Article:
It’s devastating waking up to news of war, violence, injustice and humanitarian crisis in the world. Whether we’re watching events unfold from afar, they’re happening just over the border or in our communities, it affects us all.
It’s easy to feel helpless, guilty for living in peace, carrying on with your life and for your privilege, to not know what to do or feel like you can’t do enough, to become overwhelmed with the grief and fear from of what you’re hearing and seeing.
As a parent, especially as a peaceful parent, it can be hard to manage your own emotions, as well as know how to talk to your child about what’s happening.
Children are affected by what they are seeing and hearing too. What they need most is to feel safe.
Here are some thoughts on how you can talk to your child about war, violence, crisis and injustice.
1. Take care of yourself and manage your own emotions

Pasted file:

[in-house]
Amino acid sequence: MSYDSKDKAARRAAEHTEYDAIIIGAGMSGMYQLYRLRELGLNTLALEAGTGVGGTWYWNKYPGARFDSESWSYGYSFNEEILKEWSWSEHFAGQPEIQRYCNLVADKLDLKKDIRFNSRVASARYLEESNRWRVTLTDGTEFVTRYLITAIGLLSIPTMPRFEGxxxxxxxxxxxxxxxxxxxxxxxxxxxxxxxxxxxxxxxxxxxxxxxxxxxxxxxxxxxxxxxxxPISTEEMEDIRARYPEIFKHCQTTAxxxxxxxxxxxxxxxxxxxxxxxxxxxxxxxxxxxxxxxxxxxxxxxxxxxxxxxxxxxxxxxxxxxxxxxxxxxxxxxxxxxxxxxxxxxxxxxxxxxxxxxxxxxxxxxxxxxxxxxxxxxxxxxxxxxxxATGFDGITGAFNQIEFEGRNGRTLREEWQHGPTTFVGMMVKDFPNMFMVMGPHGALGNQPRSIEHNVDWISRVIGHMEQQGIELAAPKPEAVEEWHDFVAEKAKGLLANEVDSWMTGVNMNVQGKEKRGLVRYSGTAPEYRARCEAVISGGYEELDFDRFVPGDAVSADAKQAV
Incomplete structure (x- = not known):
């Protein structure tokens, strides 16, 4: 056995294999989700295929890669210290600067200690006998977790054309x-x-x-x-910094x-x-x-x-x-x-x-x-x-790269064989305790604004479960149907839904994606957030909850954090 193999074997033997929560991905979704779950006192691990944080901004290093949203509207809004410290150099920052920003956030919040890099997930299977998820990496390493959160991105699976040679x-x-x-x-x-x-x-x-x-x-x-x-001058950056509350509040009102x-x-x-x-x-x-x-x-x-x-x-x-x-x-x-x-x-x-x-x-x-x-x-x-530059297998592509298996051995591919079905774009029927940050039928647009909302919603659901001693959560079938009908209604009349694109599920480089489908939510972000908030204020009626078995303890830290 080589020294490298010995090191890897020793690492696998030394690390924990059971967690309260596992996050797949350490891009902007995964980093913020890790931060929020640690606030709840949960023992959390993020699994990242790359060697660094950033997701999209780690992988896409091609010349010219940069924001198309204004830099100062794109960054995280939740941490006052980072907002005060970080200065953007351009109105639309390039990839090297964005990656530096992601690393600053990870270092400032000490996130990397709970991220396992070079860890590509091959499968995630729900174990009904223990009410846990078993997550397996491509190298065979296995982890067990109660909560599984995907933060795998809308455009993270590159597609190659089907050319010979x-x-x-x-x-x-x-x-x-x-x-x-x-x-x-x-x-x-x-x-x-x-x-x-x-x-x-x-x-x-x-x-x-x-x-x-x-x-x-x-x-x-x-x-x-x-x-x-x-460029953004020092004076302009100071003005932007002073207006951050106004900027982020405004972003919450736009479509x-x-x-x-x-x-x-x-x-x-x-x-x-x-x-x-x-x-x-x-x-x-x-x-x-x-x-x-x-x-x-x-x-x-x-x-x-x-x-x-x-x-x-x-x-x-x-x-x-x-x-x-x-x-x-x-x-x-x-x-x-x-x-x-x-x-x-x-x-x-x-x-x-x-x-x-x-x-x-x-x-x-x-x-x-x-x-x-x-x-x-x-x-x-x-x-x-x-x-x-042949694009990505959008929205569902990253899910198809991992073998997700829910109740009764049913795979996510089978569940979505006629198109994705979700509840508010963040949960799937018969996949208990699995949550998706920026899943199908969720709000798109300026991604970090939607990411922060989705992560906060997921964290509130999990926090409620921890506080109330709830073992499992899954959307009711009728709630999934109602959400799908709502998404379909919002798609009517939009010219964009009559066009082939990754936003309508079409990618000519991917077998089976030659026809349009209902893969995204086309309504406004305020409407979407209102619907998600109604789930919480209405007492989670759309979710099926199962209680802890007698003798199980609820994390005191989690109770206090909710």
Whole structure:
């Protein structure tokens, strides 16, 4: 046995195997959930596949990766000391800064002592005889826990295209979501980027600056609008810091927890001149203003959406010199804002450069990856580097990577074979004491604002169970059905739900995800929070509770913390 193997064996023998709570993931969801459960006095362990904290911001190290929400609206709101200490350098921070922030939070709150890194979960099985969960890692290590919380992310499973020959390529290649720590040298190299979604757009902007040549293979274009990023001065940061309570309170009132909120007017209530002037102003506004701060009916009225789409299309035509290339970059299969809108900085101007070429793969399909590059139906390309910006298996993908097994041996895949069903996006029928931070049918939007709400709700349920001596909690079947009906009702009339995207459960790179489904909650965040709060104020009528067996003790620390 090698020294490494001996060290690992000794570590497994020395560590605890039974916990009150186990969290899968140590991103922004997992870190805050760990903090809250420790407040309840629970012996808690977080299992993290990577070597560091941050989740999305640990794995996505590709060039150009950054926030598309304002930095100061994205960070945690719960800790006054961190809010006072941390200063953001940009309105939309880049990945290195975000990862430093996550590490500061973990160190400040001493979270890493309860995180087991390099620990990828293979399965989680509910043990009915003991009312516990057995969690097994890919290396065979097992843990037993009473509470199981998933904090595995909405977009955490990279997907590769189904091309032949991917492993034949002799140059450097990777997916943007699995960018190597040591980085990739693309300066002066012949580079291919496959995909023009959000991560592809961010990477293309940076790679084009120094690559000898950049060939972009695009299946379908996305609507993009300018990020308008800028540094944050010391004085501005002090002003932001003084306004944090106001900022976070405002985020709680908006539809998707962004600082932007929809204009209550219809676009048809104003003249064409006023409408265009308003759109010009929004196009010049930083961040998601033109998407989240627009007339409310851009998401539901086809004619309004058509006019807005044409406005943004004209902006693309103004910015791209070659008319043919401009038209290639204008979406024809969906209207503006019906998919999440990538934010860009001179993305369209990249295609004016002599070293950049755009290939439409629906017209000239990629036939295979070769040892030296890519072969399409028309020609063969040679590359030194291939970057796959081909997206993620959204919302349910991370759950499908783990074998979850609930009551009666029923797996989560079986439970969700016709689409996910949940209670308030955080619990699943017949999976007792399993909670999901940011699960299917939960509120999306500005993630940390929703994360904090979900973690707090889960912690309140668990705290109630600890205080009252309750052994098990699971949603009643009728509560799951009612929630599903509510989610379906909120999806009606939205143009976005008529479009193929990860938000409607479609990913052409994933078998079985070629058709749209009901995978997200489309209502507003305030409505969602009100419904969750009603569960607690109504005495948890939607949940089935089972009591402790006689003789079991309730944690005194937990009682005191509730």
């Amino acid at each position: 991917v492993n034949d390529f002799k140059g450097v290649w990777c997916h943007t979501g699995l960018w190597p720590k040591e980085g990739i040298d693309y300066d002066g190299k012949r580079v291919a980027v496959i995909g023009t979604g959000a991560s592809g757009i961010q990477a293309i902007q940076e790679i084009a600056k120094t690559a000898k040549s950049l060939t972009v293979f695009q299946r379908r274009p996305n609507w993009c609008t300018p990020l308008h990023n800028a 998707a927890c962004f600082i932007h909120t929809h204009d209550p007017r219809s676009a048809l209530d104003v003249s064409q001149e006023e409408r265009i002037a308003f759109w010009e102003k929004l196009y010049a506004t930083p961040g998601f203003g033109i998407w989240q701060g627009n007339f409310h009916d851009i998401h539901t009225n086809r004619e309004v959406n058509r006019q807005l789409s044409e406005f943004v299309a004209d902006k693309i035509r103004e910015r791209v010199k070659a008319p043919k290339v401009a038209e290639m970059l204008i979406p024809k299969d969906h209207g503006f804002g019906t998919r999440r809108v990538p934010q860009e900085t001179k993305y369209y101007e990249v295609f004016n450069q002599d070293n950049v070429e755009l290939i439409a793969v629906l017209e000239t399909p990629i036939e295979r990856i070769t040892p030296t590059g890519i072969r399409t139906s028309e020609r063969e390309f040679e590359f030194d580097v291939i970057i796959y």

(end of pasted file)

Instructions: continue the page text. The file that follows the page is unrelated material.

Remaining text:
Children need us to help process what they are seeing and hearing, as well as co-regulate their feelings. They tune into our emotions and seek comfort, security and calm in our body language, gaze, actions and tone of voice.
They need us to be their source of emotional safety. That doesn’t mean we have to hide our feelings (it helps kids to know that we feel feelings too) but it’s important we regulate them, so that kids can tap into our calm and not our distress.
We also can’t pour from an empty cup. It’s necessary that we take care of our own emotional resources, so we can to provide co-regulation to our children.
That means taking time to check in with yourself and doing whatever helps you regulate and fill your cup, whether it’s getting fresh air, walking in nature, exercise, taking naps, meditation, reading a book, watching a movie or doing something fun with your kids. Think about something you’re grateful for and allow yourself to feel joy. Remember to breathe and stay hydrated.